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March 2002

April 2002

President's Message (Pearl Johnson)
Honolulu League's Annual Membership Meeting
Is 2002 the Year for a Bottle Bill? (Jackie Parnell)
Vote Today - Vote No in One Puka (Anna Hoover)
More about the Proposed New Position on Trade
Nominating Committee Report
Welcome New Member
Voter Service Committee

More about the Proposed New Position on Trade

Trade policy is the tool that nations use to regulate the movement of goods and services across their borders.

The proposed position does not change the League's support for a liberal U.S. trade policy but does provide tools to address a broader range of concerns as a means to help extend the benefits of trade to more of the world's people and advance vital social and environmental objectives. The position ensures that the League's multiple interests - not solely economic ones-can be brought to bear in evaluating trade proposals.

In this context, a "liberal" policy is one that seeks to reduce trade barriers and expand trade. It is used in contrast to "protectionism," which seeks to restrict trade in order to give an economic advantage to particular industries, regions or individuals at the expense of the greater good.

Does the proposed position imply support for the World Trade Organization? Progress in reducing trade barriers and expanding international trade can be achieved most effectively by U.S. participation in the broadest possible global forum, currently the World Trade Organization. The WTO serves several important functions: it administers trade agreements, provides a forum for trade negotiations, and settles trade-related disputes.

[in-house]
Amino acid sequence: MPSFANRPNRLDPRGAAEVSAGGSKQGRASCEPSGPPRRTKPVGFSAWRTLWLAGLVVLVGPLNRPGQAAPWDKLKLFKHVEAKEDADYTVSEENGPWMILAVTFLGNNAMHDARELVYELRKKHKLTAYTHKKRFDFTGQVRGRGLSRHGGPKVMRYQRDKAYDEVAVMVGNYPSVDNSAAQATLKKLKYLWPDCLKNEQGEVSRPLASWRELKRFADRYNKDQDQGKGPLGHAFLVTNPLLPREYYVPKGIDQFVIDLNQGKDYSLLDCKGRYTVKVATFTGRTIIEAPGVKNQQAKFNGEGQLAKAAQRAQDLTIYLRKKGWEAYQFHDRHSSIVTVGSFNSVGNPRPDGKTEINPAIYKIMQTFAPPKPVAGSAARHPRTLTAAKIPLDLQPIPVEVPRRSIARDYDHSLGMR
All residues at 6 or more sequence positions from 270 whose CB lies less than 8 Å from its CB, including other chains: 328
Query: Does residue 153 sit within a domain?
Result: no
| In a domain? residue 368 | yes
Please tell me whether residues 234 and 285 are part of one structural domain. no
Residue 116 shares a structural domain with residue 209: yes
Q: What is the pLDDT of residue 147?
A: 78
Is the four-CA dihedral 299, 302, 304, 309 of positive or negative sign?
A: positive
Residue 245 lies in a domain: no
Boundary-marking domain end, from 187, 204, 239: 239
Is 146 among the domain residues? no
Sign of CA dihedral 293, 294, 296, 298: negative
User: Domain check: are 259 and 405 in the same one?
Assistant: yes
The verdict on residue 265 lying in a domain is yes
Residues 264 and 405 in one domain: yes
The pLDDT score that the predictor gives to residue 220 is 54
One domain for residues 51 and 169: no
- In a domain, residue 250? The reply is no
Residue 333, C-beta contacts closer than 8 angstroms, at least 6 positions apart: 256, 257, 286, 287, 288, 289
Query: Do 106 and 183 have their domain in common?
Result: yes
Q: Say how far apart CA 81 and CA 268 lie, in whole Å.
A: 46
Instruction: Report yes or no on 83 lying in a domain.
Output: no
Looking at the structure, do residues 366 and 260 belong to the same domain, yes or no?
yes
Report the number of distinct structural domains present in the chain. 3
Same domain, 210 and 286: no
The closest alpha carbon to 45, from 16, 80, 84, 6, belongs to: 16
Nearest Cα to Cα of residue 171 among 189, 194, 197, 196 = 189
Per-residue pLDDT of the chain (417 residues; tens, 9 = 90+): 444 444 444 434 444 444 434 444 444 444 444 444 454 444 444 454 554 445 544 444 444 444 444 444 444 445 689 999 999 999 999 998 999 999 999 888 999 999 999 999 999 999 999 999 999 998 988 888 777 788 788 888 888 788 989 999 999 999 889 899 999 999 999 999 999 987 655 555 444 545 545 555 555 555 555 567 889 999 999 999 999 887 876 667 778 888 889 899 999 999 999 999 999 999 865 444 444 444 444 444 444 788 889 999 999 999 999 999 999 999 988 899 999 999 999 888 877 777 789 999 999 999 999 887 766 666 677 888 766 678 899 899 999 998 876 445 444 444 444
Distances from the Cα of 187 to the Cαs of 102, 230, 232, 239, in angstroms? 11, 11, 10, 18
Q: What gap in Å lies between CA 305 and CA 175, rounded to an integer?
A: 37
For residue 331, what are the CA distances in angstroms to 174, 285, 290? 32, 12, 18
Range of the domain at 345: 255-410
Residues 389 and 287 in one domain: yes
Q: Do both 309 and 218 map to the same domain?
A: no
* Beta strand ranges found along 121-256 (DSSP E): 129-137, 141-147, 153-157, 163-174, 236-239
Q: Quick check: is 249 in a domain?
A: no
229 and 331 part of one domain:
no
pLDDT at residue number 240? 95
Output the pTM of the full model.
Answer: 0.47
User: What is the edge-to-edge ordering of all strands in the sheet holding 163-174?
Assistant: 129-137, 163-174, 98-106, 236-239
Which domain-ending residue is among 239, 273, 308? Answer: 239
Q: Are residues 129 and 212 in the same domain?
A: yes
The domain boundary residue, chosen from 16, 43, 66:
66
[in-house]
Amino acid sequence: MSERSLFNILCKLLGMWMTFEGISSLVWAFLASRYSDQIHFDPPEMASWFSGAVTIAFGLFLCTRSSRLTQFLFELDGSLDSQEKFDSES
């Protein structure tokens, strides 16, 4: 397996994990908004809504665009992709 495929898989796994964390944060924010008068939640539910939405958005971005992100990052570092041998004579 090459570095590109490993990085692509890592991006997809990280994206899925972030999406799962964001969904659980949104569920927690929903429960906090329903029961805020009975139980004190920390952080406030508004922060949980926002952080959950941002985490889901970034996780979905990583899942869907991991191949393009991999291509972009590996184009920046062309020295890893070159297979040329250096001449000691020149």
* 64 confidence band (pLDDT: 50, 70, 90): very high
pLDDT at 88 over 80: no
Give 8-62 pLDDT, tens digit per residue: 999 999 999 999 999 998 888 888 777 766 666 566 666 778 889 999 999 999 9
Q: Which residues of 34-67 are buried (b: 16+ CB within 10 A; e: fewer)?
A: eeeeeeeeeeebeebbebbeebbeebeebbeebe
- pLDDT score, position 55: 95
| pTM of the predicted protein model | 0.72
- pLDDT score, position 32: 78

While supporting U.S. membership in the WTO, the position also points up aspects of the WTO that are in need of reform, including

  • Clarification that trade sanctions allowed under other international treaties, such as multilateral environmental agreements and labor/human right agreements, are not violations of WTO rules;

  • Greater transparency, wider and more timely access to documents, and opportunities to file friend of-the-court briefs in dispute settlement proceedings;

  • Recognition of the legitimacy of a country's domestic laws/ regulations addressing environmental, health, labor and human rights concerns.

The proposed position reaffirms support for advance negotiating authority for the president and adds an emphasis on the role of Congress in establishing negotiating objectives at the outset of the process. Congress, with input from the public, should set trade policy priorities and see to it that the negotiations lead to progress on environmental and social, as well as economic, goals.

Giving the president advance authority to negotiate trade treaties that Congress cannot later amend facilities further trade liberalization. When the U.S. enters into trade negotiations, the countries at the other end of the negotiating table need to know that the trade package they all agree to is final. During the negotiations, the package is carefully crafted to ensure that the benefits that each country gains outweigh the concessions each country must make. U.S. trading partners need to know that these sensitive compromises cannot later be picked apart by Congress and that the entire package will be voted up or down as a whole.

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